Along with medics and police officers, lawyers are the most portrayed professionals in movies and TV shows. This portrayal, most of the time, is not very favorable because society at large sees lawyers as deceiving and cold-hearted. Professor Michael Asimov, who dedicated a great deal of research to the representation of lawyers in film, contends that lawyers in solo practice are usually depicted as more upright or honest than law firms, which are definitely seen as an “embodiment of evil.” After the final season of “Better Call Saul,” this affirmation is more likely to be demonstrated. As a solo practitioner lawyer, Jimmy McGill daily confronts the obstacles that his brother and his gigantic law firm put up for him. Kim Wexler also realizes that law firms are usually at the service of huge corporations and powerful people who systematically oppress and crush the poor and marginalized, so she decides to do solo practice. An analysis of this TV show’s takes on lawyers and law firms could definitely be something interesting, especially if it stays away from the habitual subjects that people associate with this show (drugs, cartels and crime).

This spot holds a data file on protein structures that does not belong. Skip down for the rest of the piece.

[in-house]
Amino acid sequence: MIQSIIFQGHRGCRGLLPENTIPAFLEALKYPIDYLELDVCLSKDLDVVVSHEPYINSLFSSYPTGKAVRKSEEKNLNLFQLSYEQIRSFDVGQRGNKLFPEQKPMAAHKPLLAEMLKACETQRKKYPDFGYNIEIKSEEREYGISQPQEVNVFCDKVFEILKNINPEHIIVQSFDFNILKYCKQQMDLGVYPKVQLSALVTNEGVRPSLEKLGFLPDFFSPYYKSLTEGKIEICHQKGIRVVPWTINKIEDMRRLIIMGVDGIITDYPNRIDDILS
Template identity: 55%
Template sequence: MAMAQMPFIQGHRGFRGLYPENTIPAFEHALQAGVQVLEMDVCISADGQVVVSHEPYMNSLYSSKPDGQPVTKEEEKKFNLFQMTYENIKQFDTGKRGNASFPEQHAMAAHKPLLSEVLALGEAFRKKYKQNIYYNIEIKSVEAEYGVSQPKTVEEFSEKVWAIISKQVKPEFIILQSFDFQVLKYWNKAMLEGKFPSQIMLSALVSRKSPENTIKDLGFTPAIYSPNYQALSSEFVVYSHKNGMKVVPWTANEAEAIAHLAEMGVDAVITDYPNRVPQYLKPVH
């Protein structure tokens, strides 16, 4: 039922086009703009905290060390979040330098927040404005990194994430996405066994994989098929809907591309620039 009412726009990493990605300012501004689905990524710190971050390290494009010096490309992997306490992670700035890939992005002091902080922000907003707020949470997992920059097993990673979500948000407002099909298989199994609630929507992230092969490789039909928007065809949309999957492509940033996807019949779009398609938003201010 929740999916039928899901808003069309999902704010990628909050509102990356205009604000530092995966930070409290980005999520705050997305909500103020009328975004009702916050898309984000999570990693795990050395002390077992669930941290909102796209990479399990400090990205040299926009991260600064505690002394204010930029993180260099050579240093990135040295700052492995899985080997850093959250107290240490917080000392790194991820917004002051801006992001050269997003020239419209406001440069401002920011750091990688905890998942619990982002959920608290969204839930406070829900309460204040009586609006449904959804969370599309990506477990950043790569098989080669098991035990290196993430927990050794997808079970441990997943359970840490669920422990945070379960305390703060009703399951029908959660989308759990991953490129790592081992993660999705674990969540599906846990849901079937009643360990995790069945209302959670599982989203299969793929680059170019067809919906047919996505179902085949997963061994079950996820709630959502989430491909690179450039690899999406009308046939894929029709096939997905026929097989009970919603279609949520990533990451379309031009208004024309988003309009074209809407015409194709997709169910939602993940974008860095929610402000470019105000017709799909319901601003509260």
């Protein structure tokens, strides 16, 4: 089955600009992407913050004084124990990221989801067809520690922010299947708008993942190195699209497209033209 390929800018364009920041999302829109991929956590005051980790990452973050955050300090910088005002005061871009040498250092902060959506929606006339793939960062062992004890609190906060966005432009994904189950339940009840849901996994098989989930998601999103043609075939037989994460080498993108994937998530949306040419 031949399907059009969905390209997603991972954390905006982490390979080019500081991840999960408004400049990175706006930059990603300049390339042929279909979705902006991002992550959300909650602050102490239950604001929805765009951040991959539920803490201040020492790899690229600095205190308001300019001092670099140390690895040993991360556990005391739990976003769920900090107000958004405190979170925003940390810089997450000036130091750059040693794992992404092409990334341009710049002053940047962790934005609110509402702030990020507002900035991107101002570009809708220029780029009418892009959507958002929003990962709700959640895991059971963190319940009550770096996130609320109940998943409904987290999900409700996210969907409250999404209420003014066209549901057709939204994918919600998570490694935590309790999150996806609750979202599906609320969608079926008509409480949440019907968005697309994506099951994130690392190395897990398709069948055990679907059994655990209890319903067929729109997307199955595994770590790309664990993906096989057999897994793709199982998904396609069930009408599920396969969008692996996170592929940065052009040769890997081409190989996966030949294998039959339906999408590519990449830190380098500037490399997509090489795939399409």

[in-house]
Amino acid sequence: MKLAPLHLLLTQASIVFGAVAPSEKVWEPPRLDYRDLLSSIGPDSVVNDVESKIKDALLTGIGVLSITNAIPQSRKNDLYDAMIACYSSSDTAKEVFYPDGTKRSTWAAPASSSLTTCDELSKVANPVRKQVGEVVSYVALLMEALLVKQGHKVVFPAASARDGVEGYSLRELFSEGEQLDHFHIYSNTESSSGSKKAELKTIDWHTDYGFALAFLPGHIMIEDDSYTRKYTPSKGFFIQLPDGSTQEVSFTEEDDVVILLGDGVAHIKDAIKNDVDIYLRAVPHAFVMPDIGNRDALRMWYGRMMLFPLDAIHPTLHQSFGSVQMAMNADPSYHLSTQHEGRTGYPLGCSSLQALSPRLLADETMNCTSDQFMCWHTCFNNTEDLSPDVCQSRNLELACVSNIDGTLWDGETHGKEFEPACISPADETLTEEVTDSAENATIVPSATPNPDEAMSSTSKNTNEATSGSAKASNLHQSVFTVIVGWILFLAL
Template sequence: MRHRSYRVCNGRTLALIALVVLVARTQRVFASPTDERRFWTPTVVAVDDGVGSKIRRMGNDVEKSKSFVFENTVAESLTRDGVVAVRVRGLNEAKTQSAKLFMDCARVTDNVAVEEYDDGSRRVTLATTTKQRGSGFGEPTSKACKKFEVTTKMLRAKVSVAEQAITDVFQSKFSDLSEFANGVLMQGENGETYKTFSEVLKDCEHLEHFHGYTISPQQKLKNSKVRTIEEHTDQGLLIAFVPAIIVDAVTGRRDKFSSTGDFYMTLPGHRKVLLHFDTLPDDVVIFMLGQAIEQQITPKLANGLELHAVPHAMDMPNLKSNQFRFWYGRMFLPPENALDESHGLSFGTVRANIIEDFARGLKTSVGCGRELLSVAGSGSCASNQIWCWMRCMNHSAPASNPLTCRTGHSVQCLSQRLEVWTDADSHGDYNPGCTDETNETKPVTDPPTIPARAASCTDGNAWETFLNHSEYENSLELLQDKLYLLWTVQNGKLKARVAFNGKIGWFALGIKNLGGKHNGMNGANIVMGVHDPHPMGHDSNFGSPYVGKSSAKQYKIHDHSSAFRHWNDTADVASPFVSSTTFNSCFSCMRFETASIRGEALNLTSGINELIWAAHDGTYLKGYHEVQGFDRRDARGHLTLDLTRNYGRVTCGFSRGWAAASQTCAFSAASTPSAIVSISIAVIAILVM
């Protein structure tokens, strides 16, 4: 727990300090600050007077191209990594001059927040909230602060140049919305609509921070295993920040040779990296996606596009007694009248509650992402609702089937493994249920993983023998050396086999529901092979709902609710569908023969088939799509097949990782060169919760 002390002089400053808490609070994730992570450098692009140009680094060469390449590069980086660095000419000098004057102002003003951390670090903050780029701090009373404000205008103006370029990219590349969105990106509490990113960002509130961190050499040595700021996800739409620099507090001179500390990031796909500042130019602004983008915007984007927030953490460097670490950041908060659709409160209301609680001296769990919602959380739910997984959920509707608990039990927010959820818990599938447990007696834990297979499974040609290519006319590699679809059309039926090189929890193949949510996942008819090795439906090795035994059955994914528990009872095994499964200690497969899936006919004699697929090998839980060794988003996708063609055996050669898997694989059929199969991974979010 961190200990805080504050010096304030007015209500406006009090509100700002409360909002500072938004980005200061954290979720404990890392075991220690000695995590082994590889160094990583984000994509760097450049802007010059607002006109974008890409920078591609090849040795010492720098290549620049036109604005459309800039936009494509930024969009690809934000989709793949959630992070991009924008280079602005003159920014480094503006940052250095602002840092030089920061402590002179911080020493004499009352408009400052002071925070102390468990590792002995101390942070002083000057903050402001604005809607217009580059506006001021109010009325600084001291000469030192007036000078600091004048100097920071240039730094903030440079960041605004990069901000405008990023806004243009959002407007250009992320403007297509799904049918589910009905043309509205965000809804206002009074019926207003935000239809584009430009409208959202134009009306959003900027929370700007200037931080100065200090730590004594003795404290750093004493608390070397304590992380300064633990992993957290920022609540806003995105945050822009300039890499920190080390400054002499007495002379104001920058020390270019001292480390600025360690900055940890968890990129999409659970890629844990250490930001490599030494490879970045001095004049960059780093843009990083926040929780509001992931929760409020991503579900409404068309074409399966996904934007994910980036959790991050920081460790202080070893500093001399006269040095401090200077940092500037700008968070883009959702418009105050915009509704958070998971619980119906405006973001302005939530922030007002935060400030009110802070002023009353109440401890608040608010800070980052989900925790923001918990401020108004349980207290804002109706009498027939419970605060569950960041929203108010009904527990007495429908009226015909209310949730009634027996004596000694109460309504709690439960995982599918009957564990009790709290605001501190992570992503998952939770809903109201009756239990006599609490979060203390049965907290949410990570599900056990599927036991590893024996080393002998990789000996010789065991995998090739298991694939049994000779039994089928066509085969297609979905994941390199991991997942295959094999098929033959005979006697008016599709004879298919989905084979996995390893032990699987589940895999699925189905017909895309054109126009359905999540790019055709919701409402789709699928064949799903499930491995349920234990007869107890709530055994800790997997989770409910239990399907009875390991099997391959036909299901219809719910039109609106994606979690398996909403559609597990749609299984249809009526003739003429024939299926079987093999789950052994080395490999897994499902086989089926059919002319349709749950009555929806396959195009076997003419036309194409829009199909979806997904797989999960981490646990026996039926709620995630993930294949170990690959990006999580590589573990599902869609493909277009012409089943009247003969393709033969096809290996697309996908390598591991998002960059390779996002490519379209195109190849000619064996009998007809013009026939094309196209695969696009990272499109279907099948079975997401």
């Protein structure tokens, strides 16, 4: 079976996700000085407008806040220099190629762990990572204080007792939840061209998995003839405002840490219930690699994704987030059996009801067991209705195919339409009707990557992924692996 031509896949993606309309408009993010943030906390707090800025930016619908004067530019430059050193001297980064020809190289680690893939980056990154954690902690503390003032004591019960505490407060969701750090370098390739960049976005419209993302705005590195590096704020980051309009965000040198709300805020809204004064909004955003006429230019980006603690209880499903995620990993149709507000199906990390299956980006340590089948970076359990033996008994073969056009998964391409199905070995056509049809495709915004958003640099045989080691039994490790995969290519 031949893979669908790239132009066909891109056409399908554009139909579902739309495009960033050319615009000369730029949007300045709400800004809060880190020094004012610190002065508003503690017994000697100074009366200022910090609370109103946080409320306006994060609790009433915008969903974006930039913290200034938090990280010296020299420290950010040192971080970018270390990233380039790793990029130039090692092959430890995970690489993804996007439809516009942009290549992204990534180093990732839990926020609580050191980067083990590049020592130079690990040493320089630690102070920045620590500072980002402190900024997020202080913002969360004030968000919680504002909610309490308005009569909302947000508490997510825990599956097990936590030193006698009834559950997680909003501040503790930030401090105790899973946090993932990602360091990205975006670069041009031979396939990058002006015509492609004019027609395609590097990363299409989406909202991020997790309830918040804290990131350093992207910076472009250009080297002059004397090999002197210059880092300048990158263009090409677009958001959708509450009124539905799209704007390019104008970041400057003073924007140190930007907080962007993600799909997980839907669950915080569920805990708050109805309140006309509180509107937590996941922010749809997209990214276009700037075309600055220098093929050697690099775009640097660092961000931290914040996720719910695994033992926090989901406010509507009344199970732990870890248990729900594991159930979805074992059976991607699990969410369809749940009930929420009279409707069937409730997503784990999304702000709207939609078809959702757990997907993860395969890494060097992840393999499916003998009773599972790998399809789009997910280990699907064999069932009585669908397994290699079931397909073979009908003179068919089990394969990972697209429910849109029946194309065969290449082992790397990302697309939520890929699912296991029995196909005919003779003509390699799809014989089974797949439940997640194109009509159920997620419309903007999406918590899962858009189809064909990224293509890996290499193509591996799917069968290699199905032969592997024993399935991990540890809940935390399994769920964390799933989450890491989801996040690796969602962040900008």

With Better Call Saul entering it’s fourth season, it may be a good time for discussion on how well the show works. Specifically, how does it compare to the main show it evolved from. The writer could look at narrative and character similarities, stylistic choices and maybe even potential flaw if any are noticed.
With El Camino being released, the article could also focus and derive from it. – Dr. Vishnu Unnithan3 years ago